Specifically what the next week entails differs every year – usually it’s just some form of activity to get to know each other, and you stay with your dorm and COOT group for most of the week, so no worries about meeting people. And you’ll very easily meet people outside of those groups too – the first week, everyone goes up and sits with pretty much random people in the dining hall. (Everyone on campus is a freshman like you) I kind of wish we could go back to the first week, it was great. Anyways, my class pretty much had something called Playfarer as our big “thing” (There’s no way I’m going to talk about that. I don’t even want to think about it. I don’t think I ever want to touch that many people in my class ever again. Nah but really, it was a ton of fun. If not really, really weird) The class last year got laser tag, some paint thing, oxygen tanks, and bounce things, which were kind of cool. Well, that’s all I have to say about your first week on campus – believe me, there’s no way you’re going to feel like a college student at all. If you thought you would all of a sudden feel grown up the minute you left your parents and came to college, believe me you won’t. That first week is like summer camp (hence why it’s called Camp Colby). You’ll get a very nasty shock though once the first week of classes begin and you realize that you actually have to do work.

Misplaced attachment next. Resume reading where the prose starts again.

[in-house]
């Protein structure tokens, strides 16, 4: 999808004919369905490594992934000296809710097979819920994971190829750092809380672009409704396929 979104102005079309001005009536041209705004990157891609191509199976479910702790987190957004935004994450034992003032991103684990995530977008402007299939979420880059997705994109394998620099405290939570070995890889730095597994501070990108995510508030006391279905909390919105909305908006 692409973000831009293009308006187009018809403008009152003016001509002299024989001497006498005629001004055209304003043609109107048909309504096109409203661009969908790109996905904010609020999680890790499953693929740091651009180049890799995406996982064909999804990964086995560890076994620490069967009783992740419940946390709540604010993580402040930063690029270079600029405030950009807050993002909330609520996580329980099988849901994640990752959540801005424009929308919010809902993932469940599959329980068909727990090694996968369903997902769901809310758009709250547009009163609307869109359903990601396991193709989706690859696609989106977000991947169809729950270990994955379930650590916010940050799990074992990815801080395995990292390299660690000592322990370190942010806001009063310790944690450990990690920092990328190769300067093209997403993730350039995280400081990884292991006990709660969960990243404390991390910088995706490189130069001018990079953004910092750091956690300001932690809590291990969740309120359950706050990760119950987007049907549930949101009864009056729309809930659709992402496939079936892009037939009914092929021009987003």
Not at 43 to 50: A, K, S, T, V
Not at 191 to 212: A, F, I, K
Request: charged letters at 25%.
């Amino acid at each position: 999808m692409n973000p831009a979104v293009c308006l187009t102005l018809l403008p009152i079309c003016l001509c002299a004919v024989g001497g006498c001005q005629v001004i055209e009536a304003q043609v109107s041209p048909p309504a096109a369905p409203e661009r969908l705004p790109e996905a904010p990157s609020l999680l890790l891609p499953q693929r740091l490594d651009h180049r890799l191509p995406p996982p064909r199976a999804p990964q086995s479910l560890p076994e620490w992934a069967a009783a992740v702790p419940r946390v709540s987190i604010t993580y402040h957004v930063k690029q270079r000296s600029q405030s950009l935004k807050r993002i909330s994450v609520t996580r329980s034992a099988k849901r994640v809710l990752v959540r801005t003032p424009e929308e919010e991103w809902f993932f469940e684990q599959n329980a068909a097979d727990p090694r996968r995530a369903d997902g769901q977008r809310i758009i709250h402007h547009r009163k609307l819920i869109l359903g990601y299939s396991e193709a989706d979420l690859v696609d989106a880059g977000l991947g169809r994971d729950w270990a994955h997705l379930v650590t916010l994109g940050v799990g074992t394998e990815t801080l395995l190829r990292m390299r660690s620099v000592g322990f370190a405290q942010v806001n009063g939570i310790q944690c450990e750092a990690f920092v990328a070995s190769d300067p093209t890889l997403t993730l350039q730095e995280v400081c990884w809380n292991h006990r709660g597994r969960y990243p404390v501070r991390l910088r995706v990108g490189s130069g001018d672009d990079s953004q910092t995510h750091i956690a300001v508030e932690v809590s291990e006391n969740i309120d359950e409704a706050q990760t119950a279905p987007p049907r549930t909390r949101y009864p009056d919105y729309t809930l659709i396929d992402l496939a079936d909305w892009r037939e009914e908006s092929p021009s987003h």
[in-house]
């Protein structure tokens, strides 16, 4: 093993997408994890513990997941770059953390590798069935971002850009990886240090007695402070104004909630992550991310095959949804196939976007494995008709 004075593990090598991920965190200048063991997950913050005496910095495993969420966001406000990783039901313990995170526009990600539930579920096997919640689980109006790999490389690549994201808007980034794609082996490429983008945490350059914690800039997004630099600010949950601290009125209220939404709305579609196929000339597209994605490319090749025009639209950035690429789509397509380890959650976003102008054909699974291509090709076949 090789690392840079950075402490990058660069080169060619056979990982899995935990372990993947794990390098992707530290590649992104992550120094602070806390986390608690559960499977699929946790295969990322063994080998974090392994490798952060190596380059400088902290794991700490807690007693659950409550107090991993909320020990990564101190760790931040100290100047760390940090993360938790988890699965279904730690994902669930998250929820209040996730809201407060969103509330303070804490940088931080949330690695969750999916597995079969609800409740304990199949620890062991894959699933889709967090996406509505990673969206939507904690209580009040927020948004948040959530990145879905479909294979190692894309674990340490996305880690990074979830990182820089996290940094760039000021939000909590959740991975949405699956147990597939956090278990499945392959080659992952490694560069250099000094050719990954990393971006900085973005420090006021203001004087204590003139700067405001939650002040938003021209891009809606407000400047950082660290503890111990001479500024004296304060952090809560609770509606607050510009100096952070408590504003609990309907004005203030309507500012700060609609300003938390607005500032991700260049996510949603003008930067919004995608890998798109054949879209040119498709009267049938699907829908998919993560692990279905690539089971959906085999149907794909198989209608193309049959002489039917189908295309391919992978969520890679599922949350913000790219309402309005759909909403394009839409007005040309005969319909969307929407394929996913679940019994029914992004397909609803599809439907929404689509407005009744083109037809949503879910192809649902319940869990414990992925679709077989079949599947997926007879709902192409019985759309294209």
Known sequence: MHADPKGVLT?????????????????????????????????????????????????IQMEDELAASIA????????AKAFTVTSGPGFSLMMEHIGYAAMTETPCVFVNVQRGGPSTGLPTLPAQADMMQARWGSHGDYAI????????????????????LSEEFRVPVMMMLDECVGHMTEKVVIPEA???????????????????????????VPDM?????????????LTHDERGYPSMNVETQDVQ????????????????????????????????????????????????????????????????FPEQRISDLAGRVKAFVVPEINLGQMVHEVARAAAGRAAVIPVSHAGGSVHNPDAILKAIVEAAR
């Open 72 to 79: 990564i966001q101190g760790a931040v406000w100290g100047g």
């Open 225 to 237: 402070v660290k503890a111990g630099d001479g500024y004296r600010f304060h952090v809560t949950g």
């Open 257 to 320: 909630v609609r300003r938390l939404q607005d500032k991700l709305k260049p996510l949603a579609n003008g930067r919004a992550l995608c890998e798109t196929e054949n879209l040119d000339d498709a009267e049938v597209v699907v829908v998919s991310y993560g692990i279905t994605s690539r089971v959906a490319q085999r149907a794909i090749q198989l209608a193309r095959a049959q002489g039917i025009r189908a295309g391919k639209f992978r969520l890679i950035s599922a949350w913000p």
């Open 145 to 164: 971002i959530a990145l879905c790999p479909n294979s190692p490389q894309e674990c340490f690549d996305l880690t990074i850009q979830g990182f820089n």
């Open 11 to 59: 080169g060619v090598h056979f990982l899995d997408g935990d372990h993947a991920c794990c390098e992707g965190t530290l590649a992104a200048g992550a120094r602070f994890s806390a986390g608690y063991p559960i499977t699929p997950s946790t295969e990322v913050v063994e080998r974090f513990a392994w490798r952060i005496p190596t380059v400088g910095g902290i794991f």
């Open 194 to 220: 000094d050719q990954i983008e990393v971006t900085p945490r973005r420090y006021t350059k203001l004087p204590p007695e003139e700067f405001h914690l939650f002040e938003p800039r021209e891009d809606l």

Next week I’ll continue with this first year mantra for you guys and talk about COOT and a couple other loose ends!

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A Powdery Weekend

Spring Weekend at Colby. This post isn’t even going to try to be funny, because I’m taking the journalistic integrity route and just giving you the facts. Not that I don’t always, but one might argue that these posts are typically pretty subjective, though I guess that’s somewhat the point.


This is the best weekend of the year, and yes that’s speaking objectively. The spring concert is always so bananas that I feel kind of bad for kids that go abroad in the spring because they miss it (typically.) This year it was Big K.R.I.T and J. Cole. KRIT’s pretty popular in the hip hop community, but J. Cole is the big time. I don’t really know how Colby gets these performers like this to come to basically the northernmost Princeton review listed college (don’t quote me on that) but it’s pretty impressive. Wiz Khalifa and Big Sean were here last year, if that puts things in perspective for you. I think they ate at the Burger King after, but again, don’t quote me on that.

But honestly, the most hilarious part of Spring Weekend has got to be the Powder-puff Football game. The girls of each class year get pitted against each other in what is typically a bracket-style flag football game. My class (2013) and the sophomores this year (2014) apparently made the decision to leave the flags on the sideline and play full on tackle. Which was objectively awesome. There’s tons of music and the crowd get’s really into it and you can sit on the field: it’s a great way to spend a Saturday afternoon.

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When Feeling Overwhelmed is a Good Thing

There are about three weeks of regular classes to go in the semester. The paper assignments are starting to pile up. This is the time when, academically, everything in the semester starts getting busy but also awesome. Towards the end of the semester, I always start to see tons of new connections among the material that I’ve been learning about all semester.